Tennessee bill on indecent exposure targets trans people, campaigners say

LGBT activists and their supporters rally in support of transgender people on the steps of New York City Hall, October 24, 2018 in New York City

A Republican bill in Tennessee would penalise trans people who use a locker room which doesn’t match their assigned gender.

House Bill 1151 was introduced on on February 6 and it proposes expanding the offence of indecent exposure to include any “member of the opposite sex” who enters a single-sex bathroom, locker room, dressing room or shower and shows their “genitals or buttocks.”

The current draft of the legislation appears to specifically target trans people.

It states: “A medical, psychiatric, or psychological diagnosis of gender dysphoria, gender confusion, or similar conditions, in the absence of untreated mental conditions, such as schizophrenia, does not serve as a defence to the offence of indecent exposure.”

John D Ragan, the Tennessee politician who introduced the bill

Republican lawmaker John D Ragan denied the bill was anti-trans (John D Ragan/facebook)

Republican state representative John Ragan, who introduced the legislation to the House of Representatives, told Nashville’s NewsChannel 5 that he filed the bill for his two young granddaughters.

The 70-year-old added: “This bill is about making sure that it is clear where certain behaviours are appropriate and others are not.

“The expectation is if you are in a restroom that is designated for your sex, you have an expectation of certain conditions.”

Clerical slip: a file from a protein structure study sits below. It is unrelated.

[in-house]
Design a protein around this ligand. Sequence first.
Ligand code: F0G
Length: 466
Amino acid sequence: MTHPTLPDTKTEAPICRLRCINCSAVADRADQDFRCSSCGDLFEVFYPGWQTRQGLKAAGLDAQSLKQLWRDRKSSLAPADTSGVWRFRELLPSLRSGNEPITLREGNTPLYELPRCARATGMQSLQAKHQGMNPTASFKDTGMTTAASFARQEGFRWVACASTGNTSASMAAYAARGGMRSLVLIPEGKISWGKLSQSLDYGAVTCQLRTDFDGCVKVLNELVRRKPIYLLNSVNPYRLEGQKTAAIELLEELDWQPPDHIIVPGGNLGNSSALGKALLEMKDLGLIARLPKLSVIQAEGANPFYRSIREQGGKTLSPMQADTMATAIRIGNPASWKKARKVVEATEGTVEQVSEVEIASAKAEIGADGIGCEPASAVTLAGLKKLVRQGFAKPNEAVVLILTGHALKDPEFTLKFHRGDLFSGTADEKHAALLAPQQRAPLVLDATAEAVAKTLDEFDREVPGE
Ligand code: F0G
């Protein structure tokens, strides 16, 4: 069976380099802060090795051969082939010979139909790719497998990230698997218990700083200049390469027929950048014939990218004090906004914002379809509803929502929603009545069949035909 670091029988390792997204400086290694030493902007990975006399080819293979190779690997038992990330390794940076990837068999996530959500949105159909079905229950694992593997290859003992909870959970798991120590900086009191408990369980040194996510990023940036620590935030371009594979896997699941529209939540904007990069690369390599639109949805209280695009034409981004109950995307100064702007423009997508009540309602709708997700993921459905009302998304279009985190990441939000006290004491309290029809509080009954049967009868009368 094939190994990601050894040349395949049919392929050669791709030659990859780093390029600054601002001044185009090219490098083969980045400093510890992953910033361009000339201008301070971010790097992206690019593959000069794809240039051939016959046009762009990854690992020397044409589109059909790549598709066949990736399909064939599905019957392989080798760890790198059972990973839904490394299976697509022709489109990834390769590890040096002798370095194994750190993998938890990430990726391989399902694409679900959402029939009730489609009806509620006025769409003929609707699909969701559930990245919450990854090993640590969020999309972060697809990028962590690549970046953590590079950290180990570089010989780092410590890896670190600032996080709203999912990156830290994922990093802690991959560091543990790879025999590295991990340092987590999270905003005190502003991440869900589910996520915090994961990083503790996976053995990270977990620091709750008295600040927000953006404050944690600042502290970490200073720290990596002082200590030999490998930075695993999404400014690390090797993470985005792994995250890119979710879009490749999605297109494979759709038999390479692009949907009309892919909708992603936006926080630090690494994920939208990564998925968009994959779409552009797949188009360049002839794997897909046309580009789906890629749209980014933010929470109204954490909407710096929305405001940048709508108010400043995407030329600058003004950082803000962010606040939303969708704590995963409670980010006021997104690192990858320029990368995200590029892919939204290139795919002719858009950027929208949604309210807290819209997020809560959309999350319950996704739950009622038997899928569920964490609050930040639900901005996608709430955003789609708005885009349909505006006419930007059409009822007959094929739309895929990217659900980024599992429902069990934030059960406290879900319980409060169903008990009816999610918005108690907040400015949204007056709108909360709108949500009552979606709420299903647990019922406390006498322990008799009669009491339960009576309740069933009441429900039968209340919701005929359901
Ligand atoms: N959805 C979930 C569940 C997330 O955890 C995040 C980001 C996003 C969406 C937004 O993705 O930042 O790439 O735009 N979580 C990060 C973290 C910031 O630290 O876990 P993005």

Ragan denied that the bill was prejudiced against trans people.

“It doesn’t target them,” he said. “What it does is prevent them from using that as an excuse.”

Tennessee LGBT+ activists condemn Republican anti-trans bill

Chris Sanders, executive director of the Tennessee Equality Project, criticised the bill when speaking to NewsChannel 5

He said that it was “a way of putting in a little bit of language that’s very damaging to the transgender community.

“It’s really about criminalising transgender people in certain kinds of public places.”

— Chris Sanders, executive director of the Tennessee Equality Project

“It’s really about criminalising transgender people in certain kinds of public places.”

House Bill 1151 is the latest in a group of proposed laws in Tennessee which have been dubbed the “Slate of Hate” by the Tennessee Equality Project and other queer advocates.

Tennessee Republicans are targeting the LGBT+ community

Earlier this week, it was reported that lawmakers in the state have filed a bill to overturn same-sex marriage.

Republican lawmakers Sen. Mark Pody and Rep. Jerry Sexton have introduced SB1282/HB1369, otherwise known as the Tennessee Natural Marriage Defence Act.

The bill declares that the 2015 Supreme Court ruling in favour of equal marriage “does not apply” in Tennessee, as the state’s constitution defines marriage as between one man and one woman.

The proposed law also seeks to enforce the definition of marriage as between one man and one woman in Tennessee, prohibiting state government officials from recognising same-sex unions in any capacity.

The bill also directs the state’s Attorney General to defend Tennessee law if there is any court battle on the issue—which campaigners say is a sign of the true motive behind the plan.

If passed, the legislation would result in a court battle that could have much wider consequences if it reaches the US Supreme Court.

Ragan was also one of the sponsors of SB0848, which calls for adoption agencies to be allowed to reject gay couples if it conflicts with a company’s “sincerely held religious beliefs.”